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Law and Justice in Community$
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Garrett Barden and Tim Murphy

Print publication date: 2010

Print ISBN-13: 9780199592685

Published to Oxford Scholarship Online: January 2011

DOI: 10.1093/acprof:oso/9780199592685.001.0001

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The Origins of Civil Society and the Function of Law

The Origins of Civil Society and the Function of Law

Chapter:
(p.19) 2 The Origins of Civil Society and the Function of Law
Source:
Law and Justice in Community
Author(s):

Garrett Barden

Tim Murphy

Publisher:
Oxford University Press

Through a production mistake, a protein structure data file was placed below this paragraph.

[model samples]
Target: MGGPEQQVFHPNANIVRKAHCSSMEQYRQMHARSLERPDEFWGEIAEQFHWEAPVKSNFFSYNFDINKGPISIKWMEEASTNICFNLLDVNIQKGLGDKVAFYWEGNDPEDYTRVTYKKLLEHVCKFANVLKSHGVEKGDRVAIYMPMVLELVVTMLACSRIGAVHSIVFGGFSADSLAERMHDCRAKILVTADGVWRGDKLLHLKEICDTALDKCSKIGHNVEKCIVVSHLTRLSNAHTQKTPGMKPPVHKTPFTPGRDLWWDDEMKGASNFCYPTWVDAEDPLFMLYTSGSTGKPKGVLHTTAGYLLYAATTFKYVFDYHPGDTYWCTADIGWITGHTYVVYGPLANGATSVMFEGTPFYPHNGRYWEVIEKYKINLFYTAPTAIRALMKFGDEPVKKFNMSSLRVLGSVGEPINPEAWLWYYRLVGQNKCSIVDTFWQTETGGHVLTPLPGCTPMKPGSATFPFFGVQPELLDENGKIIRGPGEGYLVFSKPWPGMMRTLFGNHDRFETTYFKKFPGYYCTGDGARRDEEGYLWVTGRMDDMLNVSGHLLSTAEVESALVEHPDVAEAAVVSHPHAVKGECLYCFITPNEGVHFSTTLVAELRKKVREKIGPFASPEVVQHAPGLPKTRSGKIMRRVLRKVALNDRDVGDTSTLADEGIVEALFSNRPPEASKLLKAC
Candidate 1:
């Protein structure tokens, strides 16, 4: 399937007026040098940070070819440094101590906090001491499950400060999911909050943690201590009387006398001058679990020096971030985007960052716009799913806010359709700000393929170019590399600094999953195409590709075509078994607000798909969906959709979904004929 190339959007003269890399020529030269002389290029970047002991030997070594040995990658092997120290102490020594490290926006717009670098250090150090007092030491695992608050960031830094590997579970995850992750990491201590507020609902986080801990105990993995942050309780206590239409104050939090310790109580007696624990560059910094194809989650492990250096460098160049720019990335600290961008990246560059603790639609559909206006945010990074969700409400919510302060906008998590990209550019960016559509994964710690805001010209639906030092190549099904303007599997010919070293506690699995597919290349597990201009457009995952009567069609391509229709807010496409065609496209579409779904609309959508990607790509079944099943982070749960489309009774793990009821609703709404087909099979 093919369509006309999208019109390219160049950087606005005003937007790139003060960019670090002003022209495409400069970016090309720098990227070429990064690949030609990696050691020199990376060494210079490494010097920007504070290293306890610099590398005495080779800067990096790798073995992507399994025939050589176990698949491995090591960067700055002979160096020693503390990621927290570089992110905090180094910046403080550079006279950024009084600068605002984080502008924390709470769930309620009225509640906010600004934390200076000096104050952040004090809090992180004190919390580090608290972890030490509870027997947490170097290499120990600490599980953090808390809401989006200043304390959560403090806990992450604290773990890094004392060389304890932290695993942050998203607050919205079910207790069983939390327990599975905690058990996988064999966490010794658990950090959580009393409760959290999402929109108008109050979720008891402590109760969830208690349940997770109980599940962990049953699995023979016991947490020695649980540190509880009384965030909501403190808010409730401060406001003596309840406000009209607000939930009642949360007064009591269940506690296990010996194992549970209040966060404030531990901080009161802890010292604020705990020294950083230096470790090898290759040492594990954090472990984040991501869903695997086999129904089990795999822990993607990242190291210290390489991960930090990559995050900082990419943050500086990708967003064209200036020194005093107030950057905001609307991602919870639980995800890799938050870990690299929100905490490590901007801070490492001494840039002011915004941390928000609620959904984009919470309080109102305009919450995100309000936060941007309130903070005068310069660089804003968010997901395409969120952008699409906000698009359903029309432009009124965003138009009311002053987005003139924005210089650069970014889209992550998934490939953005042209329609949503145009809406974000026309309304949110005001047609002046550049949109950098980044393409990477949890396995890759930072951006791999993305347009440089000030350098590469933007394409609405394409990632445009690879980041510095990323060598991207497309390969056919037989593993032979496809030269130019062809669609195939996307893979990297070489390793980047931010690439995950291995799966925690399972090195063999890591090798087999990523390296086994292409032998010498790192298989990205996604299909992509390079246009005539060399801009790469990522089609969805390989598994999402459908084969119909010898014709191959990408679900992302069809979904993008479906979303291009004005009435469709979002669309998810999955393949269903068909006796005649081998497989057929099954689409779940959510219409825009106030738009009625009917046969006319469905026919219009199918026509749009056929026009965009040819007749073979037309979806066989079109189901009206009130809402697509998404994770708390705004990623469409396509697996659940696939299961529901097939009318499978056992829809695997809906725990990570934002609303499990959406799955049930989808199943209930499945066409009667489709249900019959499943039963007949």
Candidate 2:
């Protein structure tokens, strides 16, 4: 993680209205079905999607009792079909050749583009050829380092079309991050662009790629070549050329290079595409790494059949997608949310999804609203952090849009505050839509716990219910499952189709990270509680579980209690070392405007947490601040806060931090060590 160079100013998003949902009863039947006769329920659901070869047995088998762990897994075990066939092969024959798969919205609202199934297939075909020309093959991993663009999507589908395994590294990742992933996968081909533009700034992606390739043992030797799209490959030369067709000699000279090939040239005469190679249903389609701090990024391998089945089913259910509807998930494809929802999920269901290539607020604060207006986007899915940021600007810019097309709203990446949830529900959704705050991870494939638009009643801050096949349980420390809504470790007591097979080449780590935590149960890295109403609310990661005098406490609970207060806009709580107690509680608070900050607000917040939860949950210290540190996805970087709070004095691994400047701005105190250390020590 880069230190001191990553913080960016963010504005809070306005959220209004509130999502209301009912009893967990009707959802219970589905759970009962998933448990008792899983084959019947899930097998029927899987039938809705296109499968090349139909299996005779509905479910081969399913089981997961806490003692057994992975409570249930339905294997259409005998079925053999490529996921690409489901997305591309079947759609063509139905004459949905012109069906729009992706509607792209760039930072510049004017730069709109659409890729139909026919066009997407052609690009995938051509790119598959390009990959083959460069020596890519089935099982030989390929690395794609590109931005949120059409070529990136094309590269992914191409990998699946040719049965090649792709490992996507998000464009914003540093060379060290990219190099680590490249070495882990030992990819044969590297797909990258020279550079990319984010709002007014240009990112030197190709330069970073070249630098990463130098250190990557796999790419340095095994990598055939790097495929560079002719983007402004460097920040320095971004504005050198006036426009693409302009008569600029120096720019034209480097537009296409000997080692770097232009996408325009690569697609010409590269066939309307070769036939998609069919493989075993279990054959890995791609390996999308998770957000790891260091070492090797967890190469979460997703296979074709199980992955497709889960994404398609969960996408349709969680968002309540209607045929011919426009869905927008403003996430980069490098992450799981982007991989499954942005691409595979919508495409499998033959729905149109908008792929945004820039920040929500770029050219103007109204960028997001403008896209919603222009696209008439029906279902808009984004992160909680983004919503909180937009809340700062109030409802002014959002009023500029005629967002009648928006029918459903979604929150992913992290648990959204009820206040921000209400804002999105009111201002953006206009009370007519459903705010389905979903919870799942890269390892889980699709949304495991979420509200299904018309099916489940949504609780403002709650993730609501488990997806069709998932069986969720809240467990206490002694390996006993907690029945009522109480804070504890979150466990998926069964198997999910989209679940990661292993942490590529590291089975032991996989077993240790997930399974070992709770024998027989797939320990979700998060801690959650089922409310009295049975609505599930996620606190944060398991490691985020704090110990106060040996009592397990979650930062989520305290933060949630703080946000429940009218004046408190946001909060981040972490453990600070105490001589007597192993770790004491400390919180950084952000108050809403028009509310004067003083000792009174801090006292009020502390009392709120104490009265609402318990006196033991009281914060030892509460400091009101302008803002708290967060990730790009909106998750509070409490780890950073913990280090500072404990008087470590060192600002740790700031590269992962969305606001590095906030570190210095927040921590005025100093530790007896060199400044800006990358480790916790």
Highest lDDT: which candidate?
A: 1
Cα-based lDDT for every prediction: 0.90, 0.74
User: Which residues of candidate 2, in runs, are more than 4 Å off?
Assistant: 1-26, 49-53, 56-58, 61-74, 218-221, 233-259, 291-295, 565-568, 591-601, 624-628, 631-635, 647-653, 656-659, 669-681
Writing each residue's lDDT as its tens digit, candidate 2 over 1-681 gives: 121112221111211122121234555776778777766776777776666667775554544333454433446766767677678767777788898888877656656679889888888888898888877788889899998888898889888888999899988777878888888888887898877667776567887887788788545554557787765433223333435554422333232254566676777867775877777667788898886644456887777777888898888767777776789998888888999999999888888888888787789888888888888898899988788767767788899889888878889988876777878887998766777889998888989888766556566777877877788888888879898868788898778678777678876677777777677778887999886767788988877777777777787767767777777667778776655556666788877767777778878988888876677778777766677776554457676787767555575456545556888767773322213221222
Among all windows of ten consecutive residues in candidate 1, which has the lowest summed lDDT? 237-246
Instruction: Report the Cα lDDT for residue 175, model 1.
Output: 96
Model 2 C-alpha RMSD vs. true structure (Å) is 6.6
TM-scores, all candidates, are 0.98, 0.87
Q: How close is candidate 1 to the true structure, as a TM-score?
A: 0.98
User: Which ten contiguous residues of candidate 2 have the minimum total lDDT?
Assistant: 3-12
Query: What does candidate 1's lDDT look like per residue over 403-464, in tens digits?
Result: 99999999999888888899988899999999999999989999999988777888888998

DOI:10.1093/acprof:oso/9780199592685.003.0002

How did it come about that humans live together in a community? This chapter argues — in contrast to ‘social contract’ approaches — that human society is a spontaneous ordering of the natural sociability of humans. Civil society is a spontaneous order that gives rise to a spontaneous jural order made up of the ‘living law’ or communal moral law, which state or positive law expresses in part and develops. It emphasizes the similarity between the practice of language and the social and jural domains, and argues that the function of all law is to sustain a peaceful social order. The discussions in the chapter are drawn together with reference to Thomas Hobbes's De Cive (1642) and Leviathan (1651).

Keywords:   civil society, social contract, spontaneous order, social order, jural order, living law, communal moral law, function of law, Thomas Hobbes

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